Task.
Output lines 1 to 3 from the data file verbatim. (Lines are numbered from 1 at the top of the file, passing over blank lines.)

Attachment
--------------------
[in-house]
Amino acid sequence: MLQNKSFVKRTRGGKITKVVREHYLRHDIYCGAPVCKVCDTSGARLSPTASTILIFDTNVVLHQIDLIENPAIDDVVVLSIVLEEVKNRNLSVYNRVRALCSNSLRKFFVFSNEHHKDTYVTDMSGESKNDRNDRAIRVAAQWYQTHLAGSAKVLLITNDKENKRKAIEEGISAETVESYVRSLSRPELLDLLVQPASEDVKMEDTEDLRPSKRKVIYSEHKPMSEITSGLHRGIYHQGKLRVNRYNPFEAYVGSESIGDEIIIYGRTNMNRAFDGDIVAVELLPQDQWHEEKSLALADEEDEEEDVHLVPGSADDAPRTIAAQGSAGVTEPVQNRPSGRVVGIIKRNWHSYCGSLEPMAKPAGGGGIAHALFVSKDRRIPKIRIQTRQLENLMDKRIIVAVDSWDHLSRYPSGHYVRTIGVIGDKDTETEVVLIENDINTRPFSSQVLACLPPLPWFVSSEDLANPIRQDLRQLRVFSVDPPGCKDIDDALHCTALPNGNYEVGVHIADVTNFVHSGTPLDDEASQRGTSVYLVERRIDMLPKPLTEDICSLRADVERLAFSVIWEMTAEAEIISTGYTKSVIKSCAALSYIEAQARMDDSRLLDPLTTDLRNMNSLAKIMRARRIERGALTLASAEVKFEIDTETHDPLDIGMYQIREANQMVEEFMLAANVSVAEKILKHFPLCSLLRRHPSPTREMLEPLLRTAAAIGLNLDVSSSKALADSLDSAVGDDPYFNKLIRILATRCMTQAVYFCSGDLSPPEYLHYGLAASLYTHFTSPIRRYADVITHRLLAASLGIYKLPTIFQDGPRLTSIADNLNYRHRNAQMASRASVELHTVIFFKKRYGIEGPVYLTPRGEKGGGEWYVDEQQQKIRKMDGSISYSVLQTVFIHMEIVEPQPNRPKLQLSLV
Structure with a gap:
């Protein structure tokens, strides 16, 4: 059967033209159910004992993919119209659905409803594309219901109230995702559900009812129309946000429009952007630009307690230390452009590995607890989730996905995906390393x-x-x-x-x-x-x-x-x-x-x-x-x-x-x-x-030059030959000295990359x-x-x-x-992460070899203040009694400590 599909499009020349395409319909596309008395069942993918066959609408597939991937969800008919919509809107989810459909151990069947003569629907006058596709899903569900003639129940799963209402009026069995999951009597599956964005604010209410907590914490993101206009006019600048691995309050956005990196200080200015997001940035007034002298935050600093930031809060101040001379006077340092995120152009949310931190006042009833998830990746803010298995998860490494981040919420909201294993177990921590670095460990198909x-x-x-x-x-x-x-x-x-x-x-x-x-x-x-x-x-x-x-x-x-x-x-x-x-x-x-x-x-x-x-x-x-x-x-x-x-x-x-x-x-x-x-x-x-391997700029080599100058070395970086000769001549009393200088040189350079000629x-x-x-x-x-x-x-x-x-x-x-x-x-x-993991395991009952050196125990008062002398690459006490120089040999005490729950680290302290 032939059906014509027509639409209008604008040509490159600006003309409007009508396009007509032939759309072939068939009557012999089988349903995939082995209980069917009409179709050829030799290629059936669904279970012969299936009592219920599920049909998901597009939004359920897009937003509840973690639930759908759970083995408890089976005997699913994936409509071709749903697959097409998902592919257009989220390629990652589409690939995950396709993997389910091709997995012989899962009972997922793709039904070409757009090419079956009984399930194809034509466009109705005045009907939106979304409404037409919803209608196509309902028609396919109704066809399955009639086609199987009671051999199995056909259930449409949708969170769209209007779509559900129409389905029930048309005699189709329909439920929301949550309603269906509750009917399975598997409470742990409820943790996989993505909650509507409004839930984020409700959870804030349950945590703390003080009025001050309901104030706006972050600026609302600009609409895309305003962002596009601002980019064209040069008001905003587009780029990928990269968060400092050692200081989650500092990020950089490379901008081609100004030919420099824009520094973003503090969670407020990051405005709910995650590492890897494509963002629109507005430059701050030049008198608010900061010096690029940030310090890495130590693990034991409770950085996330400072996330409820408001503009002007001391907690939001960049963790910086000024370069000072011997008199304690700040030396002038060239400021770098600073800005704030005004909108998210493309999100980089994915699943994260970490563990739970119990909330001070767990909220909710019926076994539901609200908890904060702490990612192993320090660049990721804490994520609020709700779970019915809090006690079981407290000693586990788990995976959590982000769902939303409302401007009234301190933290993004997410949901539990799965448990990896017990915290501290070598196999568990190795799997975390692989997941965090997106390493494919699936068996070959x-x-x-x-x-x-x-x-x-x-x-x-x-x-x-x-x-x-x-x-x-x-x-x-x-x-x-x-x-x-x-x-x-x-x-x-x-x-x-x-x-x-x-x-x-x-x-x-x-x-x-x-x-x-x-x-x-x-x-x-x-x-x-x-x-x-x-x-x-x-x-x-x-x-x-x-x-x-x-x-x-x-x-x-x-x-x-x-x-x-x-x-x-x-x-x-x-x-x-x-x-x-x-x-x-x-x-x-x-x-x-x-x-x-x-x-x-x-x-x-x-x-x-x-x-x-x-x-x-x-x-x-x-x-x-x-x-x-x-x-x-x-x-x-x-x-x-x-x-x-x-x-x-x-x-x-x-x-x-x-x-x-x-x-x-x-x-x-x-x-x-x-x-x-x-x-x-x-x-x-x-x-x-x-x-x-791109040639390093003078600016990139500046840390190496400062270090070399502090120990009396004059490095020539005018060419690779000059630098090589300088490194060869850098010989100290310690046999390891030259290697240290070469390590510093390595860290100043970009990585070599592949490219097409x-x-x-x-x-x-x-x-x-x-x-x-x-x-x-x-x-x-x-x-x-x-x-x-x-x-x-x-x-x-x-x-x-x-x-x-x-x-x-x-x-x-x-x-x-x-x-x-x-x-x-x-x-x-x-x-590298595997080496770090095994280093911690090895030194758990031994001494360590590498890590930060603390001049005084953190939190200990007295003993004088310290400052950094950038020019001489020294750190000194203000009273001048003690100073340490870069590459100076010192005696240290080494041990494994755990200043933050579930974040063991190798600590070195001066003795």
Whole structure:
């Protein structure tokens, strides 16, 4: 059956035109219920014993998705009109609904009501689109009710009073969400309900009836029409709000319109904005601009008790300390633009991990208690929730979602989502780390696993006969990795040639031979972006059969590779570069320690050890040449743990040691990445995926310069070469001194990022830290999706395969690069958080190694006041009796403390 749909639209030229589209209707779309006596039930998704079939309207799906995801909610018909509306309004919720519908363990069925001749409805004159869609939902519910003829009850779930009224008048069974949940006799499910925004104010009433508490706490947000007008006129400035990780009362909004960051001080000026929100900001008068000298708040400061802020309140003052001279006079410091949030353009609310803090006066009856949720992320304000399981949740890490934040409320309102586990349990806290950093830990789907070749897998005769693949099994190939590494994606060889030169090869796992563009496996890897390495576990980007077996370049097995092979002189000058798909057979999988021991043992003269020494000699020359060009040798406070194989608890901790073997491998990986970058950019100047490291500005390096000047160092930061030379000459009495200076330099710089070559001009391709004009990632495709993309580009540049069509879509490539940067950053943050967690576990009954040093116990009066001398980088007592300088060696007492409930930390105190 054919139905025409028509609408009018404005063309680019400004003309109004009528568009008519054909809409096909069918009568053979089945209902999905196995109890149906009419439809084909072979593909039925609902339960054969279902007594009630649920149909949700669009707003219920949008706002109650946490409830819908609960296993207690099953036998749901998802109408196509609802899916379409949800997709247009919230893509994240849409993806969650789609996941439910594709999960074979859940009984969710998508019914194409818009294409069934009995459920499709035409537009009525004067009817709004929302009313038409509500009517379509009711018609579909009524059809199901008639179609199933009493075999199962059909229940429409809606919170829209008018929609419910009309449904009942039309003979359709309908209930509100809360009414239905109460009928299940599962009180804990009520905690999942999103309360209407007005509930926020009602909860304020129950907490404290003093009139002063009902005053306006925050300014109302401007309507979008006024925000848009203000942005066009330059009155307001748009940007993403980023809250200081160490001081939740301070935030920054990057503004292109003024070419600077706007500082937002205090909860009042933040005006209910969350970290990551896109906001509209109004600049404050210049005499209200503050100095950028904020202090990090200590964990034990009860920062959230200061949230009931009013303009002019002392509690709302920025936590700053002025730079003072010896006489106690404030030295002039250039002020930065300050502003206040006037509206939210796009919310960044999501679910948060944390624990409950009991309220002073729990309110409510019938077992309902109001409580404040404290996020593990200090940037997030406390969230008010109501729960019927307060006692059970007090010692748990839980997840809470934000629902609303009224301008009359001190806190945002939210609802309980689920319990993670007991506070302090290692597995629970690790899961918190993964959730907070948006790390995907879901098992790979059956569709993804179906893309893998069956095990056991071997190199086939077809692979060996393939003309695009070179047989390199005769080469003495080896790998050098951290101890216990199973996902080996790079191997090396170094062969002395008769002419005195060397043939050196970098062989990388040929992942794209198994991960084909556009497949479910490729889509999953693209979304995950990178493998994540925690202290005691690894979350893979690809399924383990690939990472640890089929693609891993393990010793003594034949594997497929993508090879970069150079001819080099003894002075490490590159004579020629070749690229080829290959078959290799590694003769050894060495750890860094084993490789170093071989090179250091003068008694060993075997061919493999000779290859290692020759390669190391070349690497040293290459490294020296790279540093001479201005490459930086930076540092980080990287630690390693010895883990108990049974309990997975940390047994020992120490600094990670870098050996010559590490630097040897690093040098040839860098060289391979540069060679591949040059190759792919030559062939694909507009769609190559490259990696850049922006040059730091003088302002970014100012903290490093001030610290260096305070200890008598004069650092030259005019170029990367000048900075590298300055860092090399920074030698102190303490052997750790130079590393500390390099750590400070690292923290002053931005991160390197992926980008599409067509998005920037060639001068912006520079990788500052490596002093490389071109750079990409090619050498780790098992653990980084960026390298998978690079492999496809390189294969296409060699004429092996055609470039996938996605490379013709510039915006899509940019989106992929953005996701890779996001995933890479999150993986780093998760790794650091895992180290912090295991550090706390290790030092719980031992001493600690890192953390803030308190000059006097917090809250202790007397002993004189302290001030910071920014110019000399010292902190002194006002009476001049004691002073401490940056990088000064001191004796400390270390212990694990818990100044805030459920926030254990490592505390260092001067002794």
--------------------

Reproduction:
[in-house]
Amino acid sequence: MLQNKSFVKRTRGGKITKVVREHYLRHDIYCGAPVCKVCDTSGARLSPTASTILIFDTNVVLHQIDLIENPAIDDVVVLSIVLEEVKNRNLSVYNRVRALCSNSLRKFFVFSNEHHKDTYVTDMSGESKNDRNDRAIRVAAQWYQTHLAGSAKVLLITNDKENKRKAIEEGISAETVESYVRSLSRPELLDLLVQPASEDVKMEDTEDLRPSKRKVIYSEHKPMSEITSGLHRGIYHQGKLRVNRYNPFEAYVGSESIGDEIIIYGRTNMNRAFDGDIVAVELLPQDQWHEEKSLALADEEDEEEDVHLVPGSADDAPRTIAAQGSAGVTEPVQNRPSGRVVGIIKRNWHSYCGSLEPMAKPAGGGGIAHALFVSKDRRIPKIRIQTRQLENLMDKRIIVAVDSWDHLSRYPSGHYVRTIGVIGDKDTETEVVLIENDINTRPFSSQVLACLPPLPWFVSSEDLANPIRQDLRQLRVFSVDPPGCKDIDDALHCTALPNGNYEVGVHIADVTNFVHSGTPLDDEASQRGTSVYLVERRIDMLPKPLTEDICSLRADVERLAFSVIWEMTAEAEIISTGYTKSVIKSCAALSYIEAQARMDDSRLLDPLTTDLRNMNSLAKIMRARRIERGALTLASAEVKFEIDTETHDPLDIGMYQIREANQMVEEFMLAANVSVAEKILKHFPLCSLLRRHPSPTREMLEPLLRTAAAIGLNLDVSSSKALADSLDSAVGDDPYFNKLIRILATRCMTQAVYFCSGDLSPPEYLHYGLAASLYTHFTSPIRRYADVITHRLLAASLGIYKLPTIFQDGPRLTSIADNLNYRHRNAQMASRASVELHTVIFFKKRYGIEGPVYLTPRGEKGGGEWYVDEQQQKIRKMDGSISYSVLQTVFIHMEIVEPQPNRPKLQLSLV
Structure with a gap: